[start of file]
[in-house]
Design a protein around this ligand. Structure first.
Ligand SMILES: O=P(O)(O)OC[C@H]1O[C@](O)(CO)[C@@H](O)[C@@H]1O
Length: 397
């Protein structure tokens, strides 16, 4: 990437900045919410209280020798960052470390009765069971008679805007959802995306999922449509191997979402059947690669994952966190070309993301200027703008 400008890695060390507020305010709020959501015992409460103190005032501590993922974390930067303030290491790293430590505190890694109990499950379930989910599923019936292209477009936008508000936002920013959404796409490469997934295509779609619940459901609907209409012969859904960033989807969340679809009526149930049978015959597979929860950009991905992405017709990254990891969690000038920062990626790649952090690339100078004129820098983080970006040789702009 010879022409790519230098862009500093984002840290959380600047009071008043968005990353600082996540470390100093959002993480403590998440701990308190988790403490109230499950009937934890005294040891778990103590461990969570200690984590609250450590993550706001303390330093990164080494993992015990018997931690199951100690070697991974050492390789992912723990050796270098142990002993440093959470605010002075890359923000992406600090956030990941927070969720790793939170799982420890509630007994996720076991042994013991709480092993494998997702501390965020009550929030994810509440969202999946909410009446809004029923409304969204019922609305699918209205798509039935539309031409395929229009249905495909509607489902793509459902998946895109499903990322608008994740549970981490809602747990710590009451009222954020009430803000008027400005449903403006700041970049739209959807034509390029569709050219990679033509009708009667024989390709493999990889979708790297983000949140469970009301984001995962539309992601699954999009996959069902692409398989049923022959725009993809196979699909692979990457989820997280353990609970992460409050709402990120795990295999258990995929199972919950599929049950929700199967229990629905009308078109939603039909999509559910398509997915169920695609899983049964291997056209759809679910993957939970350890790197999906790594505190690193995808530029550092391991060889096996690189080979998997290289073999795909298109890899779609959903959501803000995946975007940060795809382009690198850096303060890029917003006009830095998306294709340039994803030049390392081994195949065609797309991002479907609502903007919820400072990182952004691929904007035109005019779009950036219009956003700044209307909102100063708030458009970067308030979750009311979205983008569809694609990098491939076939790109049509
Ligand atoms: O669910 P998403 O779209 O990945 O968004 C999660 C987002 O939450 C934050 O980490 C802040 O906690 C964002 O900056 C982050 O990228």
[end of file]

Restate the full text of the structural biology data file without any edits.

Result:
[in-house]
Design a protein around this ligand. Structure first.
Ligand SMILES: O=P(O)(O)OC[C@H]1O[C@](O)(CO)[C@@H](O)[C@@H]1O
Length: 397
């Protein structure tokens, strides 16, 4: 990437900045919410209280020798960052470390009765069971008679805007959802995306999922449509191997979402059947690669994952966190070309993301200027703008 400008890695060390507020305010709020959501015992409460103190005032501590993922974390930067303030290491790293430590505190890694109990499950379930989910599923019936292209477009936008508000936002920013959404796409490469997934295509779609619940459901609907209409012969859904960033989807969340679809009526149930049978015959597979929860950009991905992405017709990254990891969690000038920062990626790649952090690339100078004129820098983080970006040789702009 010879022409790519230098862009500093984002840290959380600047009071008043968005990353600082996540470390100093959002993480403590998440701990308190988790403490109230499950009937934890005294040891778990103590461990969570200690984590609250450590993550706001303390330093990164080494993992015990018997931690199951100690070697991974050492390789992912723990050796270098142990002993440093959470605010002075890359923000992406600090956030990941927070969720790793939170799982420890509630007994996720076991042994013991709480092993494998997702501390965020009550929030994810509440969202999946909410009446809004029923409304969204019922609305699918209205798509039935539309031409395929229009249905495909509607489902793509459902998946895109499903990322608008994740549970981490809602747990710590009451009222954020009430803000008027400005449903403006700041970049739209959807034509390029569709050219990679033509009708009667024989390709493999990889979708790297983000949140469970009301984001995962539309992601699954999009996959069902692409398989049923022959725009993809196979699909692979990457989820997280353990609970992460409050709402990120795990295999258990995929199972919950599929049950929700199967229990629905009308078109939603039909999509559910398509997915169920695609899983049964291997056209759809679910993957939970350890790197999906790594505190690193995808530029550092391991060889096996690189080979998997290289073999795909298109890899779609959903959501803000995946975007940060795809382009690198850096303060890029917003006009830095998306294709340039994803030049390392081994195949065609797309991002479907609502903007919820400072990182952004691929904007035109005019779009950036219009956003700044209307909102100063708030458009970067308030979750009311979205983008569809694609990098491939076939790109049509
Ligand atoms: O669910 P998403 O779209 O990945 O968004 C999660 C987002 O939450 C934050 O980490 C802040 O906690 C964002 O900056 C982050 O990228």